# Voltage problem

1. Apr 16, 2006

### Punchlinegirl

One application of an RL circuit is the generation of time varying high-voltage from a low-voltage source as shown in the figure.
1257 ohms

14 ohms 2 H (switch) b
a
12.6 V.
Sorry, I couldn't get the picture, but heres a rough idea.. it's in a circuit.
What is the current in the circuit a long time after the switch has been in position "a"?
I got this part... it was 0.9 A
Part 2 says: Now the switch is thrown quickly from "a" to "b". Compute the initial voltage across the inductor.
I got this too.. it was 1143.9 V
Part 3 says: How much time elapses before the voltage across the inductor drops to 13 V? Answer in units of ms.

I used the equation $$I= I_0 e^ (-R/L)t$$
and then figured out that $$V= I_0 Re^(-R/L)t$$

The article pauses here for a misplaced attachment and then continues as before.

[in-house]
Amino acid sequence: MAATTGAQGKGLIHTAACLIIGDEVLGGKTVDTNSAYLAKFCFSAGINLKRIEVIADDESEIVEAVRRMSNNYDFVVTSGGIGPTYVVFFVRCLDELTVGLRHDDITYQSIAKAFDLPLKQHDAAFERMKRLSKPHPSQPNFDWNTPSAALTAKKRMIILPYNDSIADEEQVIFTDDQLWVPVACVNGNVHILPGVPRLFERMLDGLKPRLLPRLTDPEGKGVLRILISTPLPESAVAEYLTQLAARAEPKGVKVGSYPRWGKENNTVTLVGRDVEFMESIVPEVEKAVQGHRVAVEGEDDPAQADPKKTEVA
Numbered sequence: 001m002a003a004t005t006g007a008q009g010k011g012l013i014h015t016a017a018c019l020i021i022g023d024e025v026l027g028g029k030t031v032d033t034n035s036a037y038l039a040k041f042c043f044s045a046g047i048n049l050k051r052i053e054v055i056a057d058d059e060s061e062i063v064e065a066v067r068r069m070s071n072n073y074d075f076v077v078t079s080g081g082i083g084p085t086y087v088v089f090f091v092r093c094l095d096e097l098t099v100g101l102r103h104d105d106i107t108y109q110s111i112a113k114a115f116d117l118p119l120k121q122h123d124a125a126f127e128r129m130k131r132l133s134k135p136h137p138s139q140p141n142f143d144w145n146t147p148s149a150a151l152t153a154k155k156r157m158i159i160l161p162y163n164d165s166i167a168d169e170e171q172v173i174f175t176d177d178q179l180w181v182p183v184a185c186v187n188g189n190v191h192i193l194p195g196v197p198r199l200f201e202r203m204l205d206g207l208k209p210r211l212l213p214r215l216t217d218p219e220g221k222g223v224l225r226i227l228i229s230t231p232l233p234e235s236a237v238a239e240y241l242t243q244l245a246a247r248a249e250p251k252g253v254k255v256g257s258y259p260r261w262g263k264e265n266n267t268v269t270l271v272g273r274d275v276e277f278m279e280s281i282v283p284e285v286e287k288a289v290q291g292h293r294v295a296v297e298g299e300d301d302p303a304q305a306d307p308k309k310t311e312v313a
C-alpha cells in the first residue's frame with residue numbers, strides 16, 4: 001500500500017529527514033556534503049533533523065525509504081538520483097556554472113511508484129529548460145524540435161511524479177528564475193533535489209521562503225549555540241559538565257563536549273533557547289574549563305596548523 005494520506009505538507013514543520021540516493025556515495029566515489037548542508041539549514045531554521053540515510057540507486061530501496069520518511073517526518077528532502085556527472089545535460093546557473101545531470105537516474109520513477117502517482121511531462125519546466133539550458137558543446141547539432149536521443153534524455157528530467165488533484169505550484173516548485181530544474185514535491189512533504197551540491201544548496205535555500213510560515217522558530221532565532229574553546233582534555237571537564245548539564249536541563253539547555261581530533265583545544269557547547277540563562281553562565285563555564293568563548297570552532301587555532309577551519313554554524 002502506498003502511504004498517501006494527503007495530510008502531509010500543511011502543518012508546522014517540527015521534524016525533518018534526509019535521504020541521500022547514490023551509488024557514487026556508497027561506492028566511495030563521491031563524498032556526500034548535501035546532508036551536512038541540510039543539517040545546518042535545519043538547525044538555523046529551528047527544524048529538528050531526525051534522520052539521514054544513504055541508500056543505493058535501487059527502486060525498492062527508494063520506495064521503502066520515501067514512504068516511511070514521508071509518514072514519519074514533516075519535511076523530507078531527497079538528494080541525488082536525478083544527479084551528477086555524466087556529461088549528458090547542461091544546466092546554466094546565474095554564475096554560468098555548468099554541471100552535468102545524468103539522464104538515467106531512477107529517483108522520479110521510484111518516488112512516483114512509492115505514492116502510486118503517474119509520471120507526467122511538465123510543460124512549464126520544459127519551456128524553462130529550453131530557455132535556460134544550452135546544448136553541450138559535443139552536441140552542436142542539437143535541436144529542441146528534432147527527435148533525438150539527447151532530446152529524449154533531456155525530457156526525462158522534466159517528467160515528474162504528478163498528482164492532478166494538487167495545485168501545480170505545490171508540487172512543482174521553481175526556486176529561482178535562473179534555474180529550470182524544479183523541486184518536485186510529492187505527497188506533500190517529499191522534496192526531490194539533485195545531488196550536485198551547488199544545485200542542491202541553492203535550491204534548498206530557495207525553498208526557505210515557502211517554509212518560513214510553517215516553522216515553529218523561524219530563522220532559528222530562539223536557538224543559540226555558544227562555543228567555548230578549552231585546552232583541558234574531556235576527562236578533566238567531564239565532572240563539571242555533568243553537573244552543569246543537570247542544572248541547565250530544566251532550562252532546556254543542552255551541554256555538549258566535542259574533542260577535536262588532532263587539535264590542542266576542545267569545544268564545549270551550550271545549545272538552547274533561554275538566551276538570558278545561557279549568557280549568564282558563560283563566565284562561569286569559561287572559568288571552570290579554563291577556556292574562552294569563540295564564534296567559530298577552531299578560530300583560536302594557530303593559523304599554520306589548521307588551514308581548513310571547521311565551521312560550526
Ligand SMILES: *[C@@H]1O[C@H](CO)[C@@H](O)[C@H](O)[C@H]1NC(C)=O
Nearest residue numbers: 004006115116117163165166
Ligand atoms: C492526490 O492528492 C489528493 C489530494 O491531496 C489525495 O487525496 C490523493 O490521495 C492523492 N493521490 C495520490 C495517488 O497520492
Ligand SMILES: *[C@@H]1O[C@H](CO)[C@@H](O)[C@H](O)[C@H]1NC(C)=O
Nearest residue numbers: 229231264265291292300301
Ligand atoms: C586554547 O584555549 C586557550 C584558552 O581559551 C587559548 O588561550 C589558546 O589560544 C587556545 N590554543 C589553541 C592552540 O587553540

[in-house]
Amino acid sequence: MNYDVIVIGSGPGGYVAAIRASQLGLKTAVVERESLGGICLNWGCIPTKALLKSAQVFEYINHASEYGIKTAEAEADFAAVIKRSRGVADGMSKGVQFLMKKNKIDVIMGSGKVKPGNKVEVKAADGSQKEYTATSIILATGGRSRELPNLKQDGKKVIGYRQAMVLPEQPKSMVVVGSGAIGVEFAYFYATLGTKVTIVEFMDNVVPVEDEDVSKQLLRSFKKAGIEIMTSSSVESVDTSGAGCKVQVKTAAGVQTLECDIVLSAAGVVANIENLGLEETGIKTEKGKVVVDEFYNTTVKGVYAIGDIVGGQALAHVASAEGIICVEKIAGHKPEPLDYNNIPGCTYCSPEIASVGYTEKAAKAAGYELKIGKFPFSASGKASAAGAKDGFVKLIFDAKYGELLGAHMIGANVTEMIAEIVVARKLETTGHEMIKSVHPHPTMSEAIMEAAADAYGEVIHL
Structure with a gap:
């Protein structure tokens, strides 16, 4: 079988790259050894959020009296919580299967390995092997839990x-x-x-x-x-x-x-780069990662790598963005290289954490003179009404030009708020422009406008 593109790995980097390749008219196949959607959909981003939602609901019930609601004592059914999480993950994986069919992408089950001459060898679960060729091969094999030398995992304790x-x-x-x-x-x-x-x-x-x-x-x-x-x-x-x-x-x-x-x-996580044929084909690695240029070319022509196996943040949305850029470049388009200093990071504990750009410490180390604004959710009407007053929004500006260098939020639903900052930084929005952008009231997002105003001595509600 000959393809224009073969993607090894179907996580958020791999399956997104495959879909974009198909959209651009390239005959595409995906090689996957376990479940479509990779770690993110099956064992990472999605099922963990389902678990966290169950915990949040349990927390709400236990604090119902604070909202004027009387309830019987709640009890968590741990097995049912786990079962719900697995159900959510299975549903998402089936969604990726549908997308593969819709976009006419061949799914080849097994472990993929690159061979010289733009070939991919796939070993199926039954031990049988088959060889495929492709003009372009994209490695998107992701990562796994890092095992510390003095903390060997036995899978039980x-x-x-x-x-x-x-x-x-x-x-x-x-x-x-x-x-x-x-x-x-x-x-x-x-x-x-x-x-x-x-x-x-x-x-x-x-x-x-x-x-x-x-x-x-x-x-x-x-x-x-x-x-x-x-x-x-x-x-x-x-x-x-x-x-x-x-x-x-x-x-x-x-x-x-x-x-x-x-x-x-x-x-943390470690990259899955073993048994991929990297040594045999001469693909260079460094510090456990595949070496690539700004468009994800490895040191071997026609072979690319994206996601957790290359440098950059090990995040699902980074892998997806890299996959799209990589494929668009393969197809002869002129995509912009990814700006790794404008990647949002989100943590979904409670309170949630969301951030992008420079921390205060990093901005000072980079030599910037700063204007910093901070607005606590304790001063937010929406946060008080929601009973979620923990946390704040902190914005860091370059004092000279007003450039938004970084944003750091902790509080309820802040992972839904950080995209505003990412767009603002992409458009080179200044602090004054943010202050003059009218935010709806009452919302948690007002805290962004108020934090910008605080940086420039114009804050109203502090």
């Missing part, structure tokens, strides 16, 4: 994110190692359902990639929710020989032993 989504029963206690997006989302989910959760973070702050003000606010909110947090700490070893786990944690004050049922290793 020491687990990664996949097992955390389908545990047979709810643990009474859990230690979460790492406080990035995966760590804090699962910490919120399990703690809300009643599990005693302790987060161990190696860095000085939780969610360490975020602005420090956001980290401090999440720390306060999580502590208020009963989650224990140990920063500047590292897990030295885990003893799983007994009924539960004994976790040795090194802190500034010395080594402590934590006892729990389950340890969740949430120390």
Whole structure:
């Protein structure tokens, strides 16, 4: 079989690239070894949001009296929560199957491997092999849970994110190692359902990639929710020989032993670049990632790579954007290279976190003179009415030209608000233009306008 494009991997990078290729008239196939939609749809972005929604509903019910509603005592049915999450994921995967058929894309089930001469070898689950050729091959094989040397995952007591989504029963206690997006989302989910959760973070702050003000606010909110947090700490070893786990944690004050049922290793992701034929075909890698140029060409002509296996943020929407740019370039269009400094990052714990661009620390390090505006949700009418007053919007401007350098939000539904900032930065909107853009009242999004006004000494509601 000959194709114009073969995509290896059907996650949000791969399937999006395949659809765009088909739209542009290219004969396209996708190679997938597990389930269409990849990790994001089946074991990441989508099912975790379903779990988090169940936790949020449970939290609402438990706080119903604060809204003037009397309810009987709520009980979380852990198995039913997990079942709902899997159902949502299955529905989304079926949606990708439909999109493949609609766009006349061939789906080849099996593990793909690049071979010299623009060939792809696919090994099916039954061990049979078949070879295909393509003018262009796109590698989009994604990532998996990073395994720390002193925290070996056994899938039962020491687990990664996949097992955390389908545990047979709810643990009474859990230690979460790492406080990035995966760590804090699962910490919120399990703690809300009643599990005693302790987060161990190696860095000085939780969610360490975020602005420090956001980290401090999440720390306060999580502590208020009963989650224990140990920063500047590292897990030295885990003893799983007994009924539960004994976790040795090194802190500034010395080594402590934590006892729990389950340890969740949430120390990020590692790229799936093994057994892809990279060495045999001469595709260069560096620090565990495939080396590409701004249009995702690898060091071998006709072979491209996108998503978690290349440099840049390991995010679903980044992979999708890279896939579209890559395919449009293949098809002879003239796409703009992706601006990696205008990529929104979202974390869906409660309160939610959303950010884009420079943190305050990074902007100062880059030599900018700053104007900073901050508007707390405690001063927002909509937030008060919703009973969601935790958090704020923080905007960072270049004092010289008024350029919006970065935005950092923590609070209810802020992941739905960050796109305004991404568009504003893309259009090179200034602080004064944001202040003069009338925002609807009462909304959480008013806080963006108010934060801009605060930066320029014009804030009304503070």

so 13.0 V=(0.9)(1143.9)e^(1143.9t/2)

2. Apr 17, 2006

### Staff: Mentor

You're putting in 1143.9 for the resistance in the last equation? Are you just a factor of 0.9 low on the correct answer?

3. Apr 17, 2006

### Punchlinegirl

I tried using just 1143, but it still isn't right.

4. Apr 17, 2006

### Staff: Mentor

Maybe show in a bit more detail how you got 1143V. A picture would definitely help, if you could just upload some simple DOC or PDF file.

5. Apr 17, 2006

### Punchlinegirl

https://hw.utexas.edu/tmp/mq389/1145320743Xuj.pdf [Broken]
I don't know if this will work. I found the 1143 V by:
first I calculated the initial current with was 0.9 A.
then I figured out the voltage from the 14 ohm resistor by using IR.
V= (14)(0.9)= 12.6 V
then I did the same thing for the larger resistor
V= (1257)(0.9)=1131.3 V
Then to get the total voltage, I added these together..
1131.3+12.6=1143.9 V.
so that's why I was using it to find how much time it would take.

Last edited by a moderator: May 2, 2017